Jude's Threshold

A Tapestry Blog of Astrology, Politics, and Social Concerns

Thomas Hardy’s Jude remains Obscure

Monday March 3, 2014: Any Cosmic News? Austere Saturn in forceful,secretive Scorpio turned Rx yesterday which will somehow affect events and actions in the Crimea via authoritarian leaders such as Vladimir Putin. Here I’ve posted Crimea’s natal horoscope with the Pisces New Moon of March 1, 2014.

On Saturday March 1, 2014, Mars turned Rx square US natal Pluto in Capricorn, a time of power struggles and revenge as past actions (Mars Rx) come to the fore. This is Not a good time to poke Great Bears like Russia for anger leads quickly to destruction and peril. Now I know that boys will be boys, but really, fellas. Calm down.

My tech troubles continue and there’s not much personal news except that I’ve been re-reading an old favorite author in the last few weeks when I get a chance at odd moments: Thomas Hardy’s Jude the Obscure is first up. Wish I still had my old copy from school but I’m settling for a Kindle version.

The Olden Days of Jude and Sue and Thomas

Thomas Hardy was born in Dorchester England on June 2, 1840 at 8:00 am (astrodatabank has his bio and natal horoscope if you wish a peek. You’ll note that his natal 12th house Moon @10Can48 is again being transited by Jupiter Rx which will Station Direct on March 6, 2014–right upon Mr. Hardy’s natal Moon! If the author walked among us still this would be a happy time for him as any grand desires may be fulfilled during this transit. As it is, our natal horoscopes remain affected by posthumous transits so perhaps the Jupiter-to-Moon conjunction made stronger by Jupiter’s seeming to stand still while stationing will attract a few extra readers to his poems and novels and benefit his estate!

Now film critic Roger Ebert described Jude the Obscure (Jude must have been ‘born’ under somber Saturn’s rays!) as “bleak and shocking” in his review of the 1996 movie adaptation starring Christopher Eccleston and Kate Winslet.

Hmm…perhaps I should see the film particularly since in the world of politics it seems the far right in the US want to return American women to a regressive time of antiquity to endure many of the same prejudices and substandard treatment suffered by the ladies of Thomas Hardy, both real and imaginary.

Yet sprightly heroine Sue Bridehead did possess an independent streak to be sure and was educated in the Classics to a larger-than-usual degree for a woman of her day–she actually had an interest in them including Poetry, of course.Being a teacher was a natural career for her though it didn’t last due to changing social conditions. (I’m about 1/2 way through the book–don’t spoil it for me if she returns to teaching after her marriage!)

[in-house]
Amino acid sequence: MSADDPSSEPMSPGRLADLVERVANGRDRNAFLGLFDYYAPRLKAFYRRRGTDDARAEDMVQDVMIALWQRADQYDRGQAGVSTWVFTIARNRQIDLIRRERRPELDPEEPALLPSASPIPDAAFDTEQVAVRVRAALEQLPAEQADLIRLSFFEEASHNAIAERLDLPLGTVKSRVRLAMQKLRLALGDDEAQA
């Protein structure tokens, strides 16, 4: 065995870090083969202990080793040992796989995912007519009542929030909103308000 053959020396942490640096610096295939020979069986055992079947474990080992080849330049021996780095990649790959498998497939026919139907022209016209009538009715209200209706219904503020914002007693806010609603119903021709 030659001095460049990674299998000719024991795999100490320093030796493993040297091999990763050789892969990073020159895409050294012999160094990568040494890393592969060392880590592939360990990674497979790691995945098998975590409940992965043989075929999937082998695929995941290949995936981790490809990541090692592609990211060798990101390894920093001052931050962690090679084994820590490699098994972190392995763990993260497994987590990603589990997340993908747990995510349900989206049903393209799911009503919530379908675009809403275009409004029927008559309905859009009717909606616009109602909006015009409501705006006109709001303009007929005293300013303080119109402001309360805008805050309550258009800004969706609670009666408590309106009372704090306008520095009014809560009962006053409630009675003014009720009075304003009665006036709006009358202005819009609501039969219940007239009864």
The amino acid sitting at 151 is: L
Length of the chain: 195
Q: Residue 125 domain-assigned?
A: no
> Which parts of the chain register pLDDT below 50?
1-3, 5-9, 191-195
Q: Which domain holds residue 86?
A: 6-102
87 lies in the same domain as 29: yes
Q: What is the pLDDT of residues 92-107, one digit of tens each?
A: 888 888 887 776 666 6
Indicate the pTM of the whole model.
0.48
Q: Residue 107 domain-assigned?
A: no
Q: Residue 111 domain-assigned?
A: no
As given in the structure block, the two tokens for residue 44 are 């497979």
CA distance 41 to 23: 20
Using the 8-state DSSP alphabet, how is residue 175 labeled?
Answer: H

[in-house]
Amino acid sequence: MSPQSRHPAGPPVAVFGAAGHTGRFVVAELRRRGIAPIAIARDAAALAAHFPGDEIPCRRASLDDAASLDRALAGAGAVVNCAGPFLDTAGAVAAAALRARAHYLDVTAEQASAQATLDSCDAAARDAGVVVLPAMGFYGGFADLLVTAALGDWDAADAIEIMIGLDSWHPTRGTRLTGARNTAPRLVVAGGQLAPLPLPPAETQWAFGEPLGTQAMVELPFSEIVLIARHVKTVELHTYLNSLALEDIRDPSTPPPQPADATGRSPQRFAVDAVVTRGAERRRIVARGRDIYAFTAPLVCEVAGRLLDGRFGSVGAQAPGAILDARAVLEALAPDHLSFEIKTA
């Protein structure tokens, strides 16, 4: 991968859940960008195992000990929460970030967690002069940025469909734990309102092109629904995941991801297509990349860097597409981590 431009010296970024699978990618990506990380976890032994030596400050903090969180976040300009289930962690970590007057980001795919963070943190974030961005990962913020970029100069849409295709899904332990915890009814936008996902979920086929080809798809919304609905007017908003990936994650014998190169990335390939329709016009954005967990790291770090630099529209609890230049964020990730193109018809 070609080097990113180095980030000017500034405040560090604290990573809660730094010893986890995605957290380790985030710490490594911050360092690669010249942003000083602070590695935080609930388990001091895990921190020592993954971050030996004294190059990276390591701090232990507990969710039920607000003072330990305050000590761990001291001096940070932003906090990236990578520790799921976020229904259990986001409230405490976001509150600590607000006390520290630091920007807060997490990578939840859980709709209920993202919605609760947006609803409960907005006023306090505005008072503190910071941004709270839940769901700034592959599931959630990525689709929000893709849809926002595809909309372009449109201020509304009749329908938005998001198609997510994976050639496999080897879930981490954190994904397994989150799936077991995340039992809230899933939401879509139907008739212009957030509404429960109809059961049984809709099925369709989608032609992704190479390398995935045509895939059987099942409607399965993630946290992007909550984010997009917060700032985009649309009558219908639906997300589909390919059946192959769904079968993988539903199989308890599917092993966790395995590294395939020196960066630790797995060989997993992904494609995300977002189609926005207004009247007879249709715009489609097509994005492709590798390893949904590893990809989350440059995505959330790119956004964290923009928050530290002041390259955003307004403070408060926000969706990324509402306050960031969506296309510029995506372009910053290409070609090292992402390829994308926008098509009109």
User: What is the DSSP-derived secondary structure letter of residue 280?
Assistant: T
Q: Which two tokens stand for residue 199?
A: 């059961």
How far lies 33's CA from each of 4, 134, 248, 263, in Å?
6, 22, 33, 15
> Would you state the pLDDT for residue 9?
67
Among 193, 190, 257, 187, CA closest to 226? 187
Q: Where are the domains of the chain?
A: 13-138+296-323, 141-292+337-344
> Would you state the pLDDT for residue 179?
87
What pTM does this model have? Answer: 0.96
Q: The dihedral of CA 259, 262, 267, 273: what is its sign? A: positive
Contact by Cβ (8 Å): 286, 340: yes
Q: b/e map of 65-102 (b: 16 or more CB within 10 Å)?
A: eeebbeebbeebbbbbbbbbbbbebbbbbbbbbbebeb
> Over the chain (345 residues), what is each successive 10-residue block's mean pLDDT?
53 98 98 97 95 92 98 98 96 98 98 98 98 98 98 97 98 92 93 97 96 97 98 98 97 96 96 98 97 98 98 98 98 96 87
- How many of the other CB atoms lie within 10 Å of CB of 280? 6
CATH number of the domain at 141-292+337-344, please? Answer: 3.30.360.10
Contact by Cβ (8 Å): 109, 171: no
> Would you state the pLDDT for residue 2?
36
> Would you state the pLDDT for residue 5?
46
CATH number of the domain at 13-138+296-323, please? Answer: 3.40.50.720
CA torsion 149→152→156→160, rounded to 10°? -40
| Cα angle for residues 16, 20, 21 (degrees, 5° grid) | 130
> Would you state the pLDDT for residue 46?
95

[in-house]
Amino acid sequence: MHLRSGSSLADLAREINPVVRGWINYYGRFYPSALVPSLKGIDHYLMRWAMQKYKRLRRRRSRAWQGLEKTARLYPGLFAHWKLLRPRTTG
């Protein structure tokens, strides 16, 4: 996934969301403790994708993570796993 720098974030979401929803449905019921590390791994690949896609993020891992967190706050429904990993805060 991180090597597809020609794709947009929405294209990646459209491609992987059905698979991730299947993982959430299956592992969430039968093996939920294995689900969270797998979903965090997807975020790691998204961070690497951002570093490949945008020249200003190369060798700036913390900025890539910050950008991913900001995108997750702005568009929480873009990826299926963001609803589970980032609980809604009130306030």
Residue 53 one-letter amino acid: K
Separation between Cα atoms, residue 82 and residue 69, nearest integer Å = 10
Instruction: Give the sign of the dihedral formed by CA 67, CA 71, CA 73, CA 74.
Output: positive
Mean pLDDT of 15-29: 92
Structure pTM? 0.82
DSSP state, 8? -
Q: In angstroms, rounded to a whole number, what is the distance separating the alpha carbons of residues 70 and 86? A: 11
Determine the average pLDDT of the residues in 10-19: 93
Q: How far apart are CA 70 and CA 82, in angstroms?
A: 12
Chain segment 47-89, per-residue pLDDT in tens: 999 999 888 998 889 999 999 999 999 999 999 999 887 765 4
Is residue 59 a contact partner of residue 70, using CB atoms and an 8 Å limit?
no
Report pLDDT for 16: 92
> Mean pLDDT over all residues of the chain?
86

Of course the behavioral standards between men and women of 19th century were restrictive (Saturn) especially for such a Geminian free-ish spirit as Sue and we find the ‘eternal youth’/young girl role of Gemini’s ruler, Mercury, playing a major part in the novel’s plot line. Even Jude is described by the author as a “child” at one point though finagled into marriage by one Arabella then subsequently falling in love with changeable Cousin Sue whose true feelings he can seldom guess. Jude loves and adores Sue but an earlier guileless mistake makes…well, you know the tale, don’t you?

Okay, I’ll hush up for now for I didn’t intend to write about Jude the Obscure at this particular moment in time. But since it’s done, I’ll not delete.

Jude, the Undeleting

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  1. Over the weekend I finished reading Jude the Obscure. If I hadn’t blocked the tragedy from my mind during the ensuing years between read and reread I’m not certain I would have begun it at all. Still, Hardy’s ending of the novel does give the reader at least some sense of closure even if the morals involved caused all manner of misery to the book’s characters. Now hopefully I can lay to rest Jude’s story for another 30 years!

    Like

    Jude Cowell

    April 14, 2014 at 5:21 pm


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